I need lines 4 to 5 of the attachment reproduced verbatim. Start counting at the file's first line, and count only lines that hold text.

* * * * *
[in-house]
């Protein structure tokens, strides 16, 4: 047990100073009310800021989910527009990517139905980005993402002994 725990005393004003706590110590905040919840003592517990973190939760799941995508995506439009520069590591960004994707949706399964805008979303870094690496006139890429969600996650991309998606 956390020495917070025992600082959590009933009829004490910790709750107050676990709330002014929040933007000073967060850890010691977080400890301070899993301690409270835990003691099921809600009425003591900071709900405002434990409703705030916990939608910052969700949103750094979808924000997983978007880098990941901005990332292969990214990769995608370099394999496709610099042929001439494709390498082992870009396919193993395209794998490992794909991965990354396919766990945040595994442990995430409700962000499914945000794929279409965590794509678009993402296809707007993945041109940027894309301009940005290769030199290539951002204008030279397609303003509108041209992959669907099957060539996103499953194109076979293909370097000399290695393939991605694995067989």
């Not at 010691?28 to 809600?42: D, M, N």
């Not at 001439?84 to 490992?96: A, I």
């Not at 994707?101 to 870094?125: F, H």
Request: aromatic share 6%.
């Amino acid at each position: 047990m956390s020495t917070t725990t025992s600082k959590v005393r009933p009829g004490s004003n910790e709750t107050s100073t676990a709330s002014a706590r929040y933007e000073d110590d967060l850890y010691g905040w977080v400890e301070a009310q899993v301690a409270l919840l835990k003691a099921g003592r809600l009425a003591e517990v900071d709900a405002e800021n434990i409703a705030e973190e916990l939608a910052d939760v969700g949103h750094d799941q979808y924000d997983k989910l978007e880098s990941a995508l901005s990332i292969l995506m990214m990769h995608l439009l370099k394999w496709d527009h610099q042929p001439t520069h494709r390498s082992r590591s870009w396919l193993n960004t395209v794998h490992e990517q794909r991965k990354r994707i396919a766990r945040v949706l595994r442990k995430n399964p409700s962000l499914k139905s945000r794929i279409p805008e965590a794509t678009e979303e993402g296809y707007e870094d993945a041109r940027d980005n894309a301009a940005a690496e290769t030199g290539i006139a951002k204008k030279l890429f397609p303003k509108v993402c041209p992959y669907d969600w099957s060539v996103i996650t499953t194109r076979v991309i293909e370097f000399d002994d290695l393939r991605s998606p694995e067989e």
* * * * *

């Not at 001439?84 to 490992?96: A, I």
């Not at 994707?101 to 870094?125: F, H």